This project is continued from Part 1.
Saw the Plywood Access Panel
The dimensions for the access panel are:
- Rough drywall opening: 33 inches high x 20 inches wide
- Plywood panel: 35 inches high x 22 inches wide
This allows for a 1 inch weather seal around the perimeter of the plywood panel to cover the opening in the drywall.
Using a carpenters square, tape measure and circular saw, I measured and cut a 3/8 inch thick section of plywood to 35 x 22 inches. If you don’t want to bother with power saws and large sheets of plywood, Home Depot and Lowes will cut plywood to your dimensions free of charge.
Sand the Access Panel Edges
The sharp edges of the plywood were rounded off with sandpaper and the plywood face sanded smooth to prevent splinters from catching on clothes hanging from the rack later. The plywood was vacuumed and the wiped clean to remove all dust.
Drywall Access Panel Weatherseal
The inside perimeter of the plywood panel was lined with self-stick PVC camper mounting tape to seal the panel to the wall and prevent drafts.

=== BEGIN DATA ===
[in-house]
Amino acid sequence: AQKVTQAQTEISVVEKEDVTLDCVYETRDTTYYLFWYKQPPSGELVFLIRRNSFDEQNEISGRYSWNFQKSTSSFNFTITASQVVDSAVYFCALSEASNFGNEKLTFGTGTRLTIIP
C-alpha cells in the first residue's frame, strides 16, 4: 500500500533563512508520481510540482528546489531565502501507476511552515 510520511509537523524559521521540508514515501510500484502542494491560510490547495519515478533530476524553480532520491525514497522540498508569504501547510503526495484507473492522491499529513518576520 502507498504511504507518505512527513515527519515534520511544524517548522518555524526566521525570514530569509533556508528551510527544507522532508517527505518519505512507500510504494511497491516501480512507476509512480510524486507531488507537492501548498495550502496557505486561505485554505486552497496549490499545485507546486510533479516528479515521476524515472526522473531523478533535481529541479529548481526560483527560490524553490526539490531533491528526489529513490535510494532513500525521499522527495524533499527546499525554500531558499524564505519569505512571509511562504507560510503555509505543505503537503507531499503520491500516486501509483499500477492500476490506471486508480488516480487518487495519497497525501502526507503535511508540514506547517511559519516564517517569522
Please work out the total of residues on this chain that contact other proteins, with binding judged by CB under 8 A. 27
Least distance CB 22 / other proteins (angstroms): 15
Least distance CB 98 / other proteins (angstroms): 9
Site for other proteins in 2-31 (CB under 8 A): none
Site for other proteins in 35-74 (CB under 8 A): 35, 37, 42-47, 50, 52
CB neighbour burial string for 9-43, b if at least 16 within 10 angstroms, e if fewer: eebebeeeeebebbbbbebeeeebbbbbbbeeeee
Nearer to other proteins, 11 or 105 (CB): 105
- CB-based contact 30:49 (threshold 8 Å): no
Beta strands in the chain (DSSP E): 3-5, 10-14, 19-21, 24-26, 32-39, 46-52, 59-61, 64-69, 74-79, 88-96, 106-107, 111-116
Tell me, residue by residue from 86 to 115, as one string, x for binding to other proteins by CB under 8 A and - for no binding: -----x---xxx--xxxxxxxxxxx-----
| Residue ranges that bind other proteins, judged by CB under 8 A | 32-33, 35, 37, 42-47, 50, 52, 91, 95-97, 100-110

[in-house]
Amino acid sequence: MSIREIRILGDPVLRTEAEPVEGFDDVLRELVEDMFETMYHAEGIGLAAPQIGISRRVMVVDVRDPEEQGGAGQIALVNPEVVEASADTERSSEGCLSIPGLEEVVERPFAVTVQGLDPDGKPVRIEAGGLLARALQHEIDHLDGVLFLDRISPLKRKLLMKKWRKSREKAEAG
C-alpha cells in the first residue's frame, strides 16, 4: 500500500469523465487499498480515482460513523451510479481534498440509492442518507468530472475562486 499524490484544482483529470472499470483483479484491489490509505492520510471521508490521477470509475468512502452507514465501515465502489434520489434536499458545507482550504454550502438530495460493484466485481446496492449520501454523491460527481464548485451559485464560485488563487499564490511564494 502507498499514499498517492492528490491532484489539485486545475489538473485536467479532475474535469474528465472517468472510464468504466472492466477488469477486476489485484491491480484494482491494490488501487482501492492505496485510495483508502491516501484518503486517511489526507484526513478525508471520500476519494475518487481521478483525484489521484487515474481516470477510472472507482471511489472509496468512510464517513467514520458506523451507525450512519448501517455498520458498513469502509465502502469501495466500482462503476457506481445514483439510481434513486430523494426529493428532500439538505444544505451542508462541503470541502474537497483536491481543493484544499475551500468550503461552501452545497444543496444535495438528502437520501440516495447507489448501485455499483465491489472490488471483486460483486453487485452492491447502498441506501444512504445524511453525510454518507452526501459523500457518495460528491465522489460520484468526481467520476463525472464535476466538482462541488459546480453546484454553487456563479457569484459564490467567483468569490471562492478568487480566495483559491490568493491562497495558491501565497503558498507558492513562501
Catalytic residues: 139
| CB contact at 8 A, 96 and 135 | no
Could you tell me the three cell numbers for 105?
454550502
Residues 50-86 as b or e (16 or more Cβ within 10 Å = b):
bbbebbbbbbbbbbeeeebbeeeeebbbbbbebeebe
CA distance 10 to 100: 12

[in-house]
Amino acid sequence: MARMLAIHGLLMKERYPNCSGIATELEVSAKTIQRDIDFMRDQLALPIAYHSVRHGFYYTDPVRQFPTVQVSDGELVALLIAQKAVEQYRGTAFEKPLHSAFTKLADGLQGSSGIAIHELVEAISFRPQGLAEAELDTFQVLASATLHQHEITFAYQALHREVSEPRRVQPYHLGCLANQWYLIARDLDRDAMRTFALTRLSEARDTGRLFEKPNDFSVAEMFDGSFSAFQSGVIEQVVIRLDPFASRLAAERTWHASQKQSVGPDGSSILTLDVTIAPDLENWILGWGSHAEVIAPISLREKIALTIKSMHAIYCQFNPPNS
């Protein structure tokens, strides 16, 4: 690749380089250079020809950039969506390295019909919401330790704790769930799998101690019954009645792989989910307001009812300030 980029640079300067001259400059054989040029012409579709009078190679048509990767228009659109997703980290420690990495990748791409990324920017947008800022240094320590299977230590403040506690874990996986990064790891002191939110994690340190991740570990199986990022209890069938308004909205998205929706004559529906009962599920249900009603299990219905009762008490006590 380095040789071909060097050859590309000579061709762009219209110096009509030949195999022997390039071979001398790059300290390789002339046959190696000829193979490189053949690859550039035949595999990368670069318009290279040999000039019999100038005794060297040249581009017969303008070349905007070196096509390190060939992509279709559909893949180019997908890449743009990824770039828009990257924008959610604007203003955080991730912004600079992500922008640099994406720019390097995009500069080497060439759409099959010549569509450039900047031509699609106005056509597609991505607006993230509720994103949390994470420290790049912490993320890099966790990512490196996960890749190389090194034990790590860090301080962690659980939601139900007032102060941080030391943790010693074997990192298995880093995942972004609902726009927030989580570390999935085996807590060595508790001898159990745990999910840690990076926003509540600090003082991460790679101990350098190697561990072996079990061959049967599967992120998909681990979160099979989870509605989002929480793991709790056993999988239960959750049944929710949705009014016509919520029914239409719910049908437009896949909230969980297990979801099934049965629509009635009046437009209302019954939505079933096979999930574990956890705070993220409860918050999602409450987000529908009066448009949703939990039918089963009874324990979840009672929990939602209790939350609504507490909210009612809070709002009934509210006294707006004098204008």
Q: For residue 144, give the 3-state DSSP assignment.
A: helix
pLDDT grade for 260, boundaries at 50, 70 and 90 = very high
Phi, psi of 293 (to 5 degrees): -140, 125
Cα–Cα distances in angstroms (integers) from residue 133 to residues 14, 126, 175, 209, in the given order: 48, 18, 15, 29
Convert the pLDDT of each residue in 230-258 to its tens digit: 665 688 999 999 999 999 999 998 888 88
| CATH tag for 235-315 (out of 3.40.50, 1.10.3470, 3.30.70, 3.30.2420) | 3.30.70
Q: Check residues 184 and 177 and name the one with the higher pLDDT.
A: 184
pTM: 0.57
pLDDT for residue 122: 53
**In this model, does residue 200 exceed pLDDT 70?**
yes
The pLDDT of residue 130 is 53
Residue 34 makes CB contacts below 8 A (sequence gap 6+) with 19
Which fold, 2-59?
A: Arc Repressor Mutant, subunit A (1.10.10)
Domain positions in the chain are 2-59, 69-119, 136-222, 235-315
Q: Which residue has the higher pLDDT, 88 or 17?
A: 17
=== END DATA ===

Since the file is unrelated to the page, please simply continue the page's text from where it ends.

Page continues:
Access Panel 2×4 Framing Blocks
I measured and cut two 2×4 framing blocks to reinforce the top and bottom of the drywall opening. This is needed to fasten the plywood panel securely and tightly at the top and bottom edges with wood screws.
The 2×4 block is fastened with two 3 inch wood screws. It’s easier to start the wood screws as shown here before installing the block.
The block is installed level with the bottom edge of the drywall.
A 2×4 reinforcing block is installed at the top of the opening.
Mounting the Plywood Access Panel
The plywood panel is centered over the opening and lightly attached with a single Simpson Strong-Tie SD8 1-1/4 inch wood screw in the center as shown. The panel can swing about the single screw while being leveled as shown. When level, make light registration marks in pencil along the left and right sides of the panel on the drywall. This is so you can check the panel is still plumb when attaching the other mounting screws.
Simpson Strong-Tie products are available at Home Depot. I used eight screws to mount the panel, checking for an even seal along the weatherstrip.
This is a closeup of the self-stick PVC tape weatherseal. For the weatherseal to work, it needs to be compressed but not crushed against the wall. The key is to tighten the wood screws only as much as necessary to compress the seal. This enables to the seal to expand and maintain the seal with the wall during hot and cold weather.
This is the finished access panel ready to be painted the same color as the wall. When painted and hidden behind a rack of clothes, it won’t be noticed.
The last task is to insulate the closet walls and the back of the access panel. This project is continued in Part 3.
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